IBS and SIBO—Bacteria where they don't belong!


IBS and Small Intestinal Bacterial Overgrowth — Bacteria where they don’t belong!

Our digest­ive tract often gets a bad rap when it’s not behav­ing as we want. If we feel bloated or have diarrhea, we feel annoyed. Rather than pay­ing atten­tion to the symp­toms, we wish they would go away. This is espe­cially true for irrit­able bowel disease.

What if those symp­toms were alert­ing you to a con­di­tion where some­thing isn’t quite right? Bacterial Overgrowth is one such condition.

Bacteria are present through­out the gastrointest­in­al tract, how­ever there is a high­er per­cent­age that live in the large intest­ine com­pared with the small intestine.

There are cir­cum­stances in which bac­teria in the small intest­ine grow in num­ber, which can cause the fol­low­ing symptoms:

  1. Abdominal pain
  2. Bloating
  3. Diarrhea
  4. Constipation
  5. Gas (burp­ing and flatulence)

These symp­toms are mostly due to the pres­ence of excess­ive bac­teria and a gen­er­al imbal­ance in the gastrointest­in­al tract. Because the small intest­ine is really respons­ible for con­tinu­ing to obtain nutri­ents and vit­am­ins from our food and when extra bac­teria are present, we can­not digest in the same way. Over time, SIBO can con­trib­ute to fur­ther symp­toms including:

  1. Fatigue
  2. Chronic diarrhea
  3. Mood changes
  4. Muscle cramps
  5. Focus and concentration
  6. Cramping
  7. Nausea

How is SIBO tested?

SIBO is tested through a breath test. Bacteria in the small intest­ine in the pres­ence of gluc­ose (sug­ar) or lac­tu­lose (milk-based sug­ar) will grow and pro­lif­er­ate. When they grow, they pro­duce gases, and our breath shows high­er amounts of those gases than should nor­mally be present. We breath out those gases (mostly hydro­gen and some meth­ane) over a peri­od of time after drink­ing a gluc­ose or lac­tu­lose solu­tion, and the meas­ure­ment of those gases tells us that you have SIBO.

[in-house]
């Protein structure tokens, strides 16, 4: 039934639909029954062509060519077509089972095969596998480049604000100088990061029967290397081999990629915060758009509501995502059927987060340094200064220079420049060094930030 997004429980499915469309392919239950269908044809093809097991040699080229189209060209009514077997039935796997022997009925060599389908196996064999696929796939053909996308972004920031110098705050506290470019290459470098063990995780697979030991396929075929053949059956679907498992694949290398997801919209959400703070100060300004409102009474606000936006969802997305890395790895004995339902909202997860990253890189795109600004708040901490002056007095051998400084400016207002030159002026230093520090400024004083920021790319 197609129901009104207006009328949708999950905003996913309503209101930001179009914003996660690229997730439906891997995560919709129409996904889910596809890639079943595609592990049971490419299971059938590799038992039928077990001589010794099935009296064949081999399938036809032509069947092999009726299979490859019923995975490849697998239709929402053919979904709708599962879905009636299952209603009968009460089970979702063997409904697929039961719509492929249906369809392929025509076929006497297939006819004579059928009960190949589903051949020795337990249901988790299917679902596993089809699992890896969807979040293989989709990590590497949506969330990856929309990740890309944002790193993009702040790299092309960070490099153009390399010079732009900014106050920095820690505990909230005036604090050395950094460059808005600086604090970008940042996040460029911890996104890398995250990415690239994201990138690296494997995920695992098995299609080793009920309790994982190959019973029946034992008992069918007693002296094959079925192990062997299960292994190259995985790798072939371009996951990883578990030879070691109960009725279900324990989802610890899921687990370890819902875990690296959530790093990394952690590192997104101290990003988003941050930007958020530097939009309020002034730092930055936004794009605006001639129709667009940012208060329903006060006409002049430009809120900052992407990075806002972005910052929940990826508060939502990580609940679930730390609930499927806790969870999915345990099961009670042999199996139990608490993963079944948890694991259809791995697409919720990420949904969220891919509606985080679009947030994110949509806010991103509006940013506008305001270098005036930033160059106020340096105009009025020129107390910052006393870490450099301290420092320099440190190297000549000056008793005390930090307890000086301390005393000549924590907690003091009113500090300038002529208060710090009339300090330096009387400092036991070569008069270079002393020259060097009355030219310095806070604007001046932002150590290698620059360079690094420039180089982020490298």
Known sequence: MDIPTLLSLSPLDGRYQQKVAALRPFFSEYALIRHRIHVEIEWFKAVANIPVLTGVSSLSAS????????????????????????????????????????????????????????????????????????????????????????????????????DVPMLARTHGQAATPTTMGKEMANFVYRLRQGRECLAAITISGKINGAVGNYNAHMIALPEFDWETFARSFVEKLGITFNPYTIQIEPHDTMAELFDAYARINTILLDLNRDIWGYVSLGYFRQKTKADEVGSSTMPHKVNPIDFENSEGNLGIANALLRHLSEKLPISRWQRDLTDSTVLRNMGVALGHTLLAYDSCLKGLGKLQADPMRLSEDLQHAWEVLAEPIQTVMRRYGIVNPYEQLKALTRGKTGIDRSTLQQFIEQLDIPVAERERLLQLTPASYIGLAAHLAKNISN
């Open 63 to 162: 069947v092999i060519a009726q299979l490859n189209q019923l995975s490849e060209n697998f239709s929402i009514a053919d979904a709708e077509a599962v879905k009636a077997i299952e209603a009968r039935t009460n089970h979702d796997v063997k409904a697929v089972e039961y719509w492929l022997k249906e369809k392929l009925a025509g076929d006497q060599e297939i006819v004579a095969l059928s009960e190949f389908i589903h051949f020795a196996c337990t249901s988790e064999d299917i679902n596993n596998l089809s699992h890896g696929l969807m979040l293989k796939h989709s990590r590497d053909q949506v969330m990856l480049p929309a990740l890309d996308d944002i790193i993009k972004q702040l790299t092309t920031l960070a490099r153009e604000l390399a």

How is SIBO treated?

SIBO can be treated in a num­ber of ways:

  1. Antibiotics: Very effect­ive in a major­ity of cases in elim­in­a­tion of bac­teria in the small intestine.
  2. Diet: Lowering car­bo­hydrates (mostly simple sug­ar car­bo­hydrates) like breads, grains, and the obvi­ous cul­prits can be very effect­ive. The SCD or simple car­bo­hydrate diet is one diet that addresses SIBO as does the FODMAP (oli­go, di- and mono-sac­char­ides reduc­tion diet). Lowered expos­ure to car­bo­hydrate sup­ports a reduc­tion in bac­teri­al overgrowth.
  3. Herbal anti­mi­cro­bi­als: Berberine, myrrh, pep­per­mint, black wal­nut, gar­lic, and pau d’arco are a few anti-micro­bi­al nat­ur­al sup­ports to reduce SIBO bur­den. They are nor­mally very effect­ive when com­bined with the prop­er diet­ary sup­ports as above.

Normally a com­bin­a­tion of the above treat­ments is what is needed to kick those bac­teria to the curb to allow your small intest­ine to do what it does best!

Contact me if you would like more inform­a­tion on SIBO test­ing, the SCD or FODMAP diets as you may indeed need to be tested and treated yourself.

Feel free to share this inform­a­tion with a friend or loved one with bowel troubles.
You nev­er know, they could have SIBO!

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